Remix OS overview: Promising, but flawed

Remix OS is an Android-based operating system aimed at inexpensive tablets, laptops, and computers. The basic premise is to offer a way to bridge the gap between touch-based devices and more conventional computers. Its developers are trying to accomplish this by providing a graphical interface that differs from that of stock Android and looks more similar to that found on Windows and some Linux desktop managers (namely, Cinnamon).

Jide, the developer of Remix OS, wishes to use the operating system to push the sales of its two products: a tablet called Remix Ultratablet and a tiny computer called Remix Mini, the first with very impressive specifications, the second very similar to a Raspberry Pi 3 spec-wise, with an attractive form factor that I’m sure would make it useful as a media center. I will contact Jide and see if they can provide me with review samples to test them.

Test configuration

The test PC’s specifications were as follows:

CPU: Intel Core i4 4570 @ 3.2 GHz (3.6 GHz Turbo)
Motherboard: AsRock H81M-ITX
RAM: 4 GB DDR3 (1 x 4 GB)
Storage: Transcend 32 GB SSD & Seagate 500 GB Hard drive

These are specifications that I wouldn’t consider spectacular, but are in line with what I would expect my readers to use as a daily driver. Sure, I doubt anyone will run their computer with a single stick of RAM, but it still is a decent build that doesn’t disappoint in terms of day-to-day performance. With that said, let’s see how Remix OS fares.

Usability and performance

Unfortunately, I cannot say much because at the time of this writing I wasn’t able to get Remis OS on my test computer reliably. Currently there is no way of installing it to your hard drive by using a flash drive or DVD. Instead, Remix OS uses what would appear to be a custom version of UNetbootin to create a bootable USB drive or hard drive partition. If you choose to create a bootable USB, you can use that on another computer to run Remix OS. That’s what I did: I ran their tool to create a bootable drive on my main computer and then connected it to my testing PC.

To my dismay, booting from the USB drive didn’t allow me to install Remix OS to the hard drive, but only let me choose between Resident mode (which supposedly saves your programs and files to the drive to resume working on them) and Guest mode (where downloaded programs and created files are deleted when the system is powered off). I chose to go with Resident mode and the operating system started to boot. It took so long that I actually thought the computer hung. And this isn’t because I’m accustomed to booting my operating systems from SSDs, for even booting a Live Linux environment never took that computer that long. Once the boot process was completed and I had ran through the initial configuration, I noticed three things: that Remix OS wouldn’t use more than 16 GB of storage on my 32 GB flash drive, that couldn’t detect the other drives attached to the computer, and that was only able to address more than 1 GB of RAM, even though 4 are installed in my test computer.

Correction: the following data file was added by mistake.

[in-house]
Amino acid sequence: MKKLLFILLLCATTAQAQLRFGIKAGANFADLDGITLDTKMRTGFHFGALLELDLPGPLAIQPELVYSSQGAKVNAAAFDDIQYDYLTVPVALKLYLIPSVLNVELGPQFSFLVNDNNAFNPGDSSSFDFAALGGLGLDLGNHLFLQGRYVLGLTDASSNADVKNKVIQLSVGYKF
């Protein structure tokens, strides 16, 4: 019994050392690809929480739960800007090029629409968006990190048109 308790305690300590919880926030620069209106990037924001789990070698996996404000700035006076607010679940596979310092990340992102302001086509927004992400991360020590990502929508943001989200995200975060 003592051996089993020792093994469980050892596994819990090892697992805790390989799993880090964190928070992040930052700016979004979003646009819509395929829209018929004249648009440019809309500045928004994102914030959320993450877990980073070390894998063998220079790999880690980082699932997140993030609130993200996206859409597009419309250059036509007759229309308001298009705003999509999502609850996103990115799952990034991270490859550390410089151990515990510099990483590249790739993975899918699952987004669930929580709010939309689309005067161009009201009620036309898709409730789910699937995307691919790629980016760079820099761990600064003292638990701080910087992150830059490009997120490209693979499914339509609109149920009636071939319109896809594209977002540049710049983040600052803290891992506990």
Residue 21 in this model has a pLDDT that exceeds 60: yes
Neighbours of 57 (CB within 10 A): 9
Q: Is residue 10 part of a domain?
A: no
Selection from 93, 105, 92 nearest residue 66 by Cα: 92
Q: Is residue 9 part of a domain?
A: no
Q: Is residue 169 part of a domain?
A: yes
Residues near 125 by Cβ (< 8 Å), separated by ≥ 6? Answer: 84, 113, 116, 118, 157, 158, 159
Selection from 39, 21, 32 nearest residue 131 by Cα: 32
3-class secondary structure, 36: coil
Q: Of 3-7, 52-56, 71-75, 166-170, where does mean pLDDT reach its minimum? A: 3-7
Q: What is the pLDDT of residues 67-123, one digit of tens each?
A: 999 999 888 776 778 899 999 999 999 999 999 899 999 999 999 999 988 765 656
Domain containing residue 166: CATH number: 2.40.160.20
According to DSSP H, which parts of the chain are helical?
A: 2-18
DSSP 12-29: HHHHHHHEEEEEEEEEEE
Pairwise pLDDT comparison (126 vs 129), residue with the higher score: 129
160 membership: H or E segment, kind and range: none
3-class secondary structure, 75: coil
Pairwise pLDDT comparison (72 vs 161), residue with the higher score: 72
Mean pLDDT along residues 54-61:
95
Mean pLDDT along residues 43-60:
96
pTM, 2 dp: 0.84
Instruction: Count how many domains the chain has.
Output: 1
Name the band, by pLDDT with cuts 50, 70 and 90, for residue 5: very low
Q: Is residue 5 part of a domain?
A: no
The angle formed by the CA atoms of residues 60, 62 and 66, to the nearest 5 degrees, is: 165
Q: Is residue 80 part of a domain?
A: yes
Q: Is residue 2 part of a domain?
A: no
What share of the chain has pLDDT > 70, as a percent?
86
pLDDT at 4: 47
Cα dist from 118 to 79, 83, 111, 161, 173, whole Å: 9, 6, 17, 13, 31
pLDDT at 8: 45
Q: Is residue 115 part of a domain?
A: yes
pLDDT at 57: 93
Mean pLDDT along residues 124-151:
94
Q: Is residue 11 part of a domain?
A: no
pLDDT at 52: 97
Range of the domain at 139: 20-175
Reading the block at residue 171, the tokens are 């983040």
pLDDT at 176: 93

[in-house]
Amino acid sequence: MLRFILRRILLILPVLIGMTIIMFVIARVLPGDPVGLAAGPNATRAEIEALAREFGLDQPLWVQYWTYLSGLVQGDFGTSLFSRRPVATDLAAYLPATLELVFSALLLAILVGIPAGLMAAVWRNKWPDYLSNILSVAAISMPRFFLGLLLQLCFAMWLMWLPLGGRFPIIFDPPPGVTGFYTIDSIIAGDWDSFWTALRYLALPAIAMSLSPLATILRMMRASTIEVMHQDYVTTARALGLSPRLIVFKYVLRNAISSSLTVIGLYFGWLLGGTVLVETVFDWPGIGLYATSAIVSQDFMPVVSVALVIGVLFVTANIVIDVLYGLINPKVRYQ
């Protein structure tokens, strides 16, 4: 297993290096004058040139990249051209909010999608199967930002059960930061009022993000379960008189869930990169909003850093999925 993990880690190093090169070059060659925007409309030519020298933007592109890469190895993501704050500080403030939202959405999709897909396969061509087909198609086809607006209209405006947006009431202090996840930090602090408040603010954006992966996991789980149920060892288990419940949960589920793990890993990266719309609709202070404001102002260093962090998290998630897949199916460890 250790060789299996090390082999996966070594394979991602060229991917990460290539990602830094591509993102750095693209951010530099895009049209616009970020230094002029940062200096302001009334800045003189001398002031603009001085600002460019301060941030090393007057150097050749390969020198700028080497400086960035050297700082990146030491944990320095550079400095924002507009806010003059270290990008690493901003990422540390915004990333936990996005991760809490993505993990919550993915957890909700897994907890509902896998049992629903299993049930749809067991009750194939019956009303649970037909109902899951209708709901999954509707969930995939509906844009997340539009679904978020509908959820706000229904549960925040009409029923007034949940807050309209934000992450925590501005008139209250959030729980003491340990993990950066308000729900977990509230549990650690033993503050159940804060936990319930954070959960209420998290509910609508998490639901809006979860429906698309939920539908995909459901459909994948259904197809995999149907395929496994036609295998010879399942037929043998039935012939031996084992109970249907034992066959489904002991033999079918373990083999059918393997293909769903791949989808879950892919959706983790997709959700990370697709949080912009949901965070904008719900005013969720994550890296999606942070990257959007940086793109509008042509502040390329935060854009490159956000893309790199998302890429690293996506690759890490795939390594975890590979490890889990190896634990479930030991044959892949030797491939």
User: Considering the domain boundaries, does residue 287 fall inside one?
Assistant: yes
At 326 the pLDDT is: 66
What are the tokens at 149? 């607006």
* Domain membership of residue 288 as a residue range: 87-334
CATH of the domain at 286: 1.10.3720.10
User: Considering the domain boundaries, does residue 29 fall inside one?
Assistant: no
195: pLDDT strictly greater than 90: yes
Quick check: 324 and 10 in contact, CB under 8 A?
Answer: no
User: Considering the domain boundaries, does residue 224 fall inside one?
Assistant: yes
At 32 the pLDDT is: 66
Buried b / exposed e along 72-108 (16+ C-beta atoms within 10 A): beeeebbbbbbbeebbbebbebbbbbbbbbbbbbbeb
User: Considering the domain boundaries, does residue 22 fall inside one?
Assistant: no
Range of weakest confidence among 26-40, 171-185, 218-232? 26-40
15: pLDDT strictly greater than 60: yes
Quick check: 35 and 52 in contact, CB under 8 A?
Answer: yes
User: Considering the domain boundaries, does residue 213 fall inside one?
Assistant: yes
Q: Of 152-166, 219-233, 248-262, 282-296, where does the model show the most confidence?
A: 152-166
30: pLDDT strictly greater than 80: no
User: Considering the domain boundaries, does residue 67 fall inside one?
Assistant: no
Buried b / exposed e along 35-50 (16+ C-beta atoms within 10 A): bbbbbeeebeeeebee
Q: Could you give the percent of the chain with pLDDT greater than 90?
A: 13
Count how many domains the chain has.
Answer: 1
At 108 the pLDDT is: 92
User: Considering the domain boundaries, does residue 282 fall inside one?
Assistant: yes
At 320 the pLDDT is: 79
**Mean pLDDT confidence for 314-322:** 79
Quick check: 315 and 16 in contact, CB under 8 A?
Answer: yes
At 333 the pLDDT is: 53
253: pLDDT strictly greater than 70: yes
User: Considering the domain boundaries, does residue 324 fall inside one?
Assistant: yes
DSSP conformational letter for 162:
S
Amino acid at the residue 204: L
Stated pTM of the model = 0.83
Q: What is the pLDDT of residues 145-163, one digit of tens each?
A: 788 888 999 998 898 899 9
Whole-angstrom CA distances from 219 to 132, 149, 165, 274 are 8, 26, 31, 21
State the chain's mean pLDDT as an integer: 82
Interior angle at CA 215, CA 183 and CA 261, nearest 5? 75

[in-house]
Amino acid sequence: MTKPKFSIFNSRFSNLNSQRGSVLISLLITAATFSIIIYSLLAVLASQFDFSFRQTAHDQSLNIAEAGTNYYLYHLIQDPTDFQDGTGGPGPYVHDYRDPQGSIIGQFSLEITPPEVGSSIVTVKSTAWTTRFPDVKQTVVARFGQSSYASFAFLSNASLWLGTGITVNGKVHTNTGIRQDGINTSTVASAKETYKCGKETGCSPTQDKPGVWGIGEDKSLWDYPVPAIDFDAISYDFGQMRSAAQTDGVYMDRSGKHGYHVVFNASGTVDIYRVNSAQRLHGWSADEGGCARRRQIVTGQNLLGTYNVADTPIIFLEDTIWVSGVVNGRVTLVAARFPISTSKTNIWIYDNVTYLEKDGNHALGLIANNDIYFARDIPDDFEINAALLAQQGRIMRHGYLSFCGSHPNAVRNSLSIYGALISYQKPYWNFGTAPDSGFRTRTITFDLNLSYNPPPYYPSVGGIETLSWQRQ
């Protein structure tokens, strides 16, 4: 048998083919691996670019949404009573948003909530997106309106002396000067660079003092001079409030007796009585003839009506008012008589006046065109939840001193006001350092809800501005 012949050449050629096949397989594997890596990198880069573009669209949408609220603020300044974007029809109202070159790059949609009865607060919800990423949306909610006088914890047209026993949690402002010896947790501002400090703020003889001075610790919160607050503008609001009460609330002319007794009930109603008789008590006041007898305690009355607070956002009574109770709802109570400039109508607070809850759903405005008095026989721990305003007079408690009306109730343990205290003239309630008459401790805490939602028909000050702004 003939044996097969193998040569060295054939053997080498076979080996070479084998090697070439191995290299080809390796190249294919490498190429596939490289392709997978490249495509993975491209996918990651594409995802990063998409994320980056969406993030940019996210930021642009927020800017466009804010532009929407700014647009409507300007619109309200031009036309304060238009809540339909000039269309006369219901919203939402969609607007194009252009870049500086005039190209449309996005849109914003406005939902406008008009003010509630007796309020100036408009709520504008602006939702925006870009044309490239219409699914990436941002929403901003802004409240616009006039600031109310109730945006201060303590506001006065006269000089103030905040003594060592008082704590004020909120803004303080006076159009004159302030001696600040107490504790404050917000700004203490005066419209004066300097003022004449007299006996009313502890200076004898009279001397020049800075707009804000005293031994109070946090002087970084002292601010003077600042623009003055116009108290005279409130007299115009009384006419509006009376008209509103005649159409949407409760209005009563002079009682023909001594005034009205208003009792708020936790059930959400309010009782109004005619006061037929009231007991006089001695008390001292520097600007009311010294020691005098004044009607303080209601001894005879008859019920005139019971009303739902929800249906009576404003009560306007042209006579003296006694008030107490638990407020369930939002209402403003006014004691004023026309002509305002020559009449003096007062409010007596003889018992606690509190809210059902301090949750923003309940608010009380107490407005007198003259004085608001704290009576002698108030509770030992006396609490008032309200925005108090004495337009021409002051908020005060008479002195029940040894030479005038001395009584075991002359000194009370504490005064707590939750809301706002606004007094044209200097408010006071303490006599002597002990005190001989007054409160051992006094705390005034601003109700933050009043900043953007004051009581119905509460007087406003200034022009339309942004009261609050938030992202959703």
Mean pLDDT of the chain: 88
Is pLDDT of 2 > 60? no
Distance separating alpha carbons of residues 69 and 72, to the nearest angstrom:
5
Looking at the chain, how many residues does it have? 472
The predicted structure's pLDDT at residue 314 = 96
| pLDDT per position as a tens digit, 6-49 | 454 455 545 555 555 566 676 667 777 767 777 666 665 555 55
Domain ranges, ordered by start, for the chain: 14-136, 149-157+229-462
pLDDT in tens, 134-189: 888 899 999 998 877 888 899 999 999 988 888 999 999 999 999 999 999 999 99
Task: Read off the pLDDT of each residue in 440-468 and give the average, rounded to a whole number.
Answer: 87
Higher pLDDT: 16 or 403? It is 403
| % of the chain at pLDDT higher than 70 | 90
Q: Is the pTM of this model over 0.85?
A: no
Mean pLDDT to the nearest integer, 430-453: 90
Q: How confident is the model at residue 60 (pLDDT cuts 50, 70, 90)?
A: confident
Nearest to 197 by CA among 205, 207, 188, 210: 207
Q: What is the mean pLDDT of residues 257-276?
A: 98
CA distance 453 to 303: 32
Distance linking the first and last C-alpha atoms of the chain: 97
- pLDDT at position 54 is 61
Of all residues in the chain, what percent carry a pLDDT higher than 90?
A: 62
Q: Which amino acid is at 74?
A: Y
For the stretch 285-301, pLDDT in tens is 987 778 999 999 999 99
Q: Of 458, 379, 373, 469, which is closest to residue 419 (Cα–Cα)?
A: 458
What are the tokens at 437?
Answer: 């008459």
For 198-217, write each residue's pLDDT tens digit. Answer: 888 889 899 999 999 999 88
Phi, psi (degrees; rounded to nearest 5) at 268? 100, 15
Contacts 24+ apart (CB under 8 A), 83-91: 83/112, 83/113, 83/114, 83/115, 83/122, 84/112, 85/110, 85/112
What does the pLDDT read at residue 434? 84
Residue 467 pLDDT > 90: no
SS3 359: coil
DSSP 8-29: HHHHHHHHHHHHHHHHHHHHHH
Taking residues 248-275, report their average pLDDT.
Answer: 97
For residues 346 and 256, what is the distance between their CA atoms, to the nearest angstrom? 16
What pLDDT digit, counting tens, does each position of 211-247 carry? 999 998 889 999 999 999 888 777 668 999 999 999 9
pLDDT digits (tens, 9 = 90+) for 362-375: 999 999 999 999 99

I downloaded a couple apps from Remix OS’s own store to see how they performed. Word downloaded and installed as expected and I was able to write the first paragraph of this review, whereas Google Play services (needed to install more apps from the Play store and to use Google services) asked me to reboot. That’s what I did and… My settings were gone, forcing me to sit through the whole first boot process and redo the initial configuration. This, in turn, prevented me from running more in-depth testing. Lame.

Conclusion

I really want to give Remix OS a fair chance: its premise is really enticing and in my opinion it’s what ChromeOS should have been in the first place. It has lots of potential and I can see myself using it in many ways: to send WhatsApp messages directly from my computer, perhaps running it in Virtualbox or VMWare Player, or to install it on a low-power home theater PC and watch movies on it. Unfortunately, right now it is not a viable option for those uses and that’s a shame, because I really want Android netbook to be a thing. But until the software reaches maturity, I warn you to approach Remix OS with caution and don’t set your expectations too high.

About Andrea Luciano Damico 137 Articles
Andrea Luciano Damico is a freelance translator from Italy. Among his interests are linguistics, technology, video games, and generally being a chill guy. He runs Let's Translate.it and Tech4Freelancers.net.